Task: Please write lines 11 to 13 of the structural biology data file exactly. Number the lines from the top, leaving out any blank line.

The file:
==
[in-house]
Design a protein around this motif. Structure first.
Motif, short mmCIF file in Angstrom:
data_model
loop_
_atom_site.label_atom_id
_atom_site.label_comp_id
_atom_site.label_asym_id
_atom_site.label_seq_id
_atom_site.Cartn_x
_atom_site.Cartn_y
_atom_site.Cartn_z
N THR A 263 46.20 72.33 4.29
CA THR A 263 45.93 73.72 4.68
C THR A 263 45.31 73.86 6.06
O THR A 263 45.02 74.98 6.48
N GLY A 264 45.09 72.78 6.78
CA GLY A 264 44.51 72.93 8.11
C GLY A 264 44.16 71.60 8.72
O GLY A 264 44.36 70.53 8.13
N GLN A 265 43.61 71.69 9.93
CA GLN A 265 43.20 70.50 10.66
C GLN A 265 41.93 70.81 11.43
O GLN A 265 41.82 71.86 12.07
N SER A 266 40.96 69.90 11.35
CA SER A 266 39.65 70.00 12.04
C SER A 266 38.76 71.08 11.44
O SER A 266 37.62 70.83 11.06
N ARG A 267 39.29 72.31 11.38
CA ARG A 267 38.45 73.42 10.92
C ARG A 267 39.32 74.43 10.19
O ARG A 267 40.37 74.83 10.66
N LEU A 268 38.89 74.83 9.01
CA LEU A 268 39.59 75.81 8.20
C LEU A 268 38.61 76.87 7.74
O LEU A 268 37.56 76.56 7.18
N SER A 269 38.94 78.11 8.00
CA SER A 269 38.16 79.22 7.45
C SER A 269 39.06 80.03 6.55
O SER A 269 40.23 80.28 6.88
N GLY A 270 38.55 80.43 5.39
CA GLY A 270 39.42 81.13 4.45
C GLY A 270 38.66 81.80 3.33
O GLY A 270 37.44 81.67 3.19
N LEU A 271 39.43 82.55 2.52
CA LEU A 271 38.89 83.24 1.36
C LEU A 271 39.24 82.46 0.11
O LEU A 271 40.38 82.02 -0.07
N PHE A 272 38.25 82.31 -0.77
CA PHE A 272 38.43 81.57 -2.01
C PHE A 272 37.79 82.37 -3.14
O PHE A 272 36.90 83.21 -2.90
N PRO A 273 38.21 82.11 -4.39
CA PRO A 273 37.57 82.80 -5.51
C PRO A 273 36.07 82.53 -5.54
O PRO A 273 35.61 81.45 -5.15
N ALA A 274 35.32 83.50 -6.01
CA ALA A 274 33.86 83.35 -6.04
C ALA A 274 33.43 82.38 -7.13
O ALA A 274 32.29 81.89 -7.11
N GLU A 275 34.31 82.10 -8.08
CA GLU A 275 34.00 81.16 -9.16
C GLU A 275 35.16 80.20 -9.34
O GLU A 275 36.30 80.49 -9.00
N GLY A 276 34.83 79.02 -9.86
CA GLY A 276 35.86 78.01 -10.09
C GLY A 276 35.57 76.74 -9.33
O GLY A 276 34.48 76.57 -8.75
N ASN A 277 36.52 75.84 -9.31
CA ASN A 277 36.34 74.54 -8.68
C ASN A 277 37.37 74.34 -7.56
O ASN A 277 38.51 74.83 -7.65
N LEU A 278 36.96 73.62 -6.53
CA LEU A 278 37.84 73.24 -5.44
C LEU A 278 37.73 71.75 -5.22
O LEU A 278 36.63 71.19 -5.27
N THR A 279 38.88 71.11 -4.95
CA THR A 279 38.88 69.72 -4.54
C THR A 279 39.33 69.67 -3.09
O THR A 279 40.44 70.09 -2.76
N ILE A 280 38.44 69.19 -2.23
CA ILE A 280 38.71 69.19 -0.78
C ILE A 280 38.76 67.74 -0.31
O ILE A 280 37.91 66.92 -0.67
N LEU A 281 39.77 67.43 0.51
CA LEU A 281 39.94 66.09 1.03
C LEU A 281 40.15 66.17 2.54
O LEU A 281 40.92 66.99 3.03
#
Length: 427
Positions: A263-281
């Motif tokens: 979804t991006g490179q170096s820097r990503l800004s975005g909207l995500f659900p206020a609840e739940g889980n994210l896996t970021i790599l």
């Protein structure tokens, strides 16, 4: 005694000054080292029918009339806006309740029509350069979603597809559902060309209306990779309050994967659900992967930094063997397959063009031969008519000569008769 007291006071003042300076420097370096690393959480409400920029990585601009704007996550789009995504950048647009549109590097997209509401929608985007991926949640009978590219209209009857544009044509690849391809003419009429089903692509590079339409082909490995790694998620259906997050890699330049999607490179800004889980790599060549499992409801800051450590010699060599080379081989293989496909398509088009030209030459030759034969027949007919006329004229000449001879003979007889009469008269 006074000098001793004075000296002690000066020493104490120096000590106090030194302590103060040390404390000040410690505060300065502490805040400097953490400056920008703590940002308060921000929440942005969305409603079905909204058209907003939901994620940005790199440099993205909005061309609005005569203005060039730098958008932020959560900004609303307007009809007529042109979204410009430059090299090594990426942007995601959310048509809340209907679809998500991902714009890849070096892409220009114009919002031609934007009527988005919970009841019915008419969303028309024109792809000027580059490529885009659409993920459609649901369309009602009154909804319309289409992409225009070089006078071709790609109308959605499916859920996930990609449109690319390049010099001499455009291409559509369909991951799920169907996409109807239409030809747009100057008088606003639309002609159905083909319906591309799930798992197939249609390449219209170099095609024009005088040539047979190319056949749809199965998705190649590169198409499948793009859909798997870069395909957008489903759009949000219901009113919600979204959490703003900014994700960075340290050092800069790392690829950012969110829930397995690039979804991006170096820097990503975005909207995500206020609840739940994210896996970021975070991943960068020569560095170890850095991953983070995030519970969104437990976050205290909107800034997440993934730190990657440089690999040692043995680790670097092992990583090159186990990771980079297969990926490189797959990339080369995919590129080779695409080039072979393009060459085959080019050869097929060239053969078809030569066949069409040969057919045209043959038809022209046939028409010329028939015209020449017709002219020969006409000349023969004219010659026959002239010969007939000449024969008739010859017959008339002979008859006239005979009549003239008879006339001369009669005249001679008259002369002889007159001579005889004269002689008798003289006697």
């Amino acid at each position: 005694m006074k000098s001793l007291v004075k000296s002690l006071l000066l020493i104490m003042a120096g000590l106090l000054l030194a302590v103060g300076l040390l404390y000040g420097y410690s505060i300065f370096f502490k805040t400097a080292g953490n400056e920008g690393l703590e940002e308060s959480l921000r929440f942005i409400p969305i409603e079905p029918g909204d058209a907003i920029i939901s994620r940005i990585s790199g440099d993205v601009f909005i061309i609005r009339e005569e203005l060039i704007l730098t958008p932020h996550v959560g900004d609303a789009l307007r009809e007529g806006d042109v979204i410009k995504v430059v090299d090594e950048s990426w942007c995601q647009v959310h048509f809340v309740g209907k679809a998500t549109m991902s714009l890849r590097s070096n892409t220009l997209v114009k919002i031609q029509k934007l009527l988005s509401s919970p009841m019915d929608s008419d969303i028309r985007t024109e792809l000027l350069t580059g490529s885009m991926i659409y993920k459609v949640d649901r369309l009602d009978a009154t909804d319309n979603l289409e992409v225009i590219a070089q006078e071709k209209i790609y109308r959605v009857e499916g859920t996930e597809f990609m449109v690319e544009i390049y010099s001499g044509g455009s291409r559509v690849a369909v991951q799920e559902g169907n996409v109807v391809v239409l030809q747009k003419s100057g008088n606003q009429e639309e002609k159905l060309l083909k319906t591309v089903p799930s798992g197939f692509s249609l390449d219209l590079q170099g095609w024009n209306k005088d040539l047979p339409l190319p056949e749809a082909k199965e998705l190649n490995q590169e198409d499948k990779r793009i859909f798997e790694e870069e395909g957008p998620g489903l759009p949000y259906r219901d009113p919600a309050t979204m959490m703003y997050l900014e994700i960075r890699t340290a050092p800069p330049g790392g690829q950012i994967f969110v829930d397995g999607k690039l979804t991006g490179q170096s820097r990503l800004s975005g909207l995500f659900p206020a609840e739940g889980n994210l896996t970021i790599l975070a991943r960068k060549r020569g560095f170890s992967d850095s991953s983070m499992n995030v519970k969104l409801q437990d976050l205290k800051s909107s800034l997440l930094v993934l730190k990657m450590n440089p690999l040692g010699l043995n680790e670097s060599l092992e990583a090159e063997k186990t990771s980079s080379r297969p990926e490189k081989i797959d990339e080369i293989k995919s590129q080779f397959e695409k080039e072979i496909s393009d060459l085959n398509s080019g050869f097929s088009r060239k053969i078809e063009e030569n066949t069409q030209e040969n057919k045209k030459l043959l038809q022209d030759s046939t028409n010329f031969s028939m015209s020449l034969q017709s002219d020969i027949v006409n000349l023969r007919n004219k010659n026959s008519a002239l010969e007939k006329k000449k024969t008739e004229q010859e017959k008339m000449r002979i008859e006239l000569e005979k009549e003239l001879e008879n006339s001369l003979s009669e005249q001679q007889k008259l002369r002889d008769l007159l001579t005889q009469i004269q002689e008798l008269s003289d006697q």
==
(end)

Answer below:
_atom_site.Cartn_y
_atom_site.Cartn_z
N THR A 263 46.20 72.33 4.29